# Analog to digital

The microcontroller on the Adafruit Circuit Playground Express makes a digital number from the signal at an input pin using an analog-to-digital converter (ADC). The ADC reads the input voltage and makes a digital number to represent that amount of voltage.

## Input values and sample rate

In the diagram below, the chart on the left shows the voltage on pin A1 changing over a short period of time. It’s increasing in as time goes by. The chart on the left shows how the ADC reads and records the input voltage. The values that are charted each time the input is read look like stair steps. This is because the ADC can’t record and remember an infinite amount of readings, so it takes a snapshot of the input at one moment during an interval of time. The recorded snapshot is called a sample and the number of intervals per second is called the sample rate. The ADC on your board has a certain sample rate and you can’t read values from an analog pin any faster than that. If you graph the analog input you read for multiple samples, the resulting chart will show an approximation of what actual input is. If sample interval was zero, the two graphs would be the same. A zero sample interval is quite impossible though using digital electronics!

## Reference voltage

An ADC needs to know what the maximum voltage it will be reading is so it can set the range of voltage it will map to a binary value. The maximum voltage used to set the input range on your board is 3.3 v. This maximum value is called the reference voltage, or Vref.

## Resolution

The range of values in which the ADC can represent an analog input is called its resolution. This is determined by how may bits of a binary number is used to record the measurement of the analog signal. With a 10 bit resolution, like what your board has, there are `1024` possible values to record using a range of `0` to `1023`. If the Vref is set at `3.3` then each value of the binary conversion number represents another `3.3 / 1024` = `0.0032` volts. A value of `546` returned from `||pins:analog read pin||` means that `546 * 3.3 / 1024` = `1.76` volts was present at the pin input.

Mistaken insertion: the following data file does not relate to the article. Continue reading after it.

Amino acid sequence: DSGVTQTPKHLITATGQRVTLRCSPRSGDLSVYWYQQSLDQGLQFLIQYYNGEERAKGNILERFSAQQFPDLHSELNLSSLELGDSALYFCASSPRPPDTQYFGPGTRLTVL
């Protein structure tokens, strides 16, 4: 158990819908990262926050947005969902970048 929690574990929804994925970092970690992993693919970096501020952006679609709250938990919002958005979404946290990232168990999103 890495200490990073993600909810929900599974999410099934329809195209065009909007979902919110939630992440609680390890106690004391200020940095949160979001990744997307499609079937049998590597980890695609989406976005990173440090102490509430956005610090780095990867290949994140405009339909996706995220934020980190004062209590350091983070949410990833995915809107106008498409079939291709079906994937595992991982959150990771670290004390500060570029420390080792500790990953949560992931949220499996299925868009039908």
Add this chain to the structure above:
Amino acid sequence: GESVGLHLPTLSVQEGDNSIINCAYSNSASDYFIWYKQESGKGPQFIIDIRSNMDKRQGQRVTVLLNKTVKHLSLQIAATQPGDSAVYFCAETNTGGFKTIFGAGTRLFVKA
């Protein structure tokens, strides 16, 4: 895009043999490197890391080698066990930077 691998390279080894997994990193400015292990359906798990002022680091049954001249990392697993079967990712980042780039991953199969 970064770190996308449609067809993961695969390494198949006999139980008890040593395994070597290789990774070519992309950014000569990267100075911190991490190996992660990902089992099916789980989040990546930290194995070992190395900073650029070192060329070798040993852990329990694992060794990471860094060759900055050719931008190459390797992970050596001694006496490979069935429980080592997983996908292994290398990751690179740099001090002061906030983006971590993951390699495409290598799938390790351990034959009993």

The following table shows how many values are available for some of the common ADC resolutions.

Resolution Minimum Maximum Total Values
8 bits 0 255 256
10 bits 0 1023 1024
12 bits 0 4095 4096
16 bits 0 65535 65536

## Code model

If we could represent an ADC as code (with a resolution of 10 bits and a Vref of 3.3), it would work like this:

``````let pinVoltage = 0
let adc = Math.round(Math.map(pinVoltage, 0, 3.3, 0, 1023))``````

## Experiment: Simulate an Analog-to-Digital converter

Pretend that you’ve created a 3 bit analog-to-digital converter (ADC). This means that you can measure input values from `0` to `7` relative to the voltage reference (Vref) which is 3.3 v on your board. Generate a sawtooth signal and read it as input to your 3 bit ADC. The sawtooth signal increases in voltage by `0.1` volts every `100` milliseconds until it reaches `3.3` volts. The signal then drops back to `0` and repeats.

Setup: Copy the following code into the editor.

``````let sawtooth = 0
forever(function () {
if (sawtooth >= 3.3) {
sawtooth = 0
} else {
sawtooth += 0.1
}
console.logValue("saw", sawtooth)
pause(100)
})
forever(function () {
console.logValue("saw-sample", Math.round(Math.map(sawtooth, 0, 3.3, 0, 7)))
pause(25)
})``````

Test: Run the code and switch to the data view to see the console output in the chart. Result: The first graph in the chart shows a smooth sawtooth input signal. The second graph plots only 1 of 8 values for any single input sample from the first chart. This is because the simulated ADC only has a 3 bit resolution which gives it a range of `0` - `7`.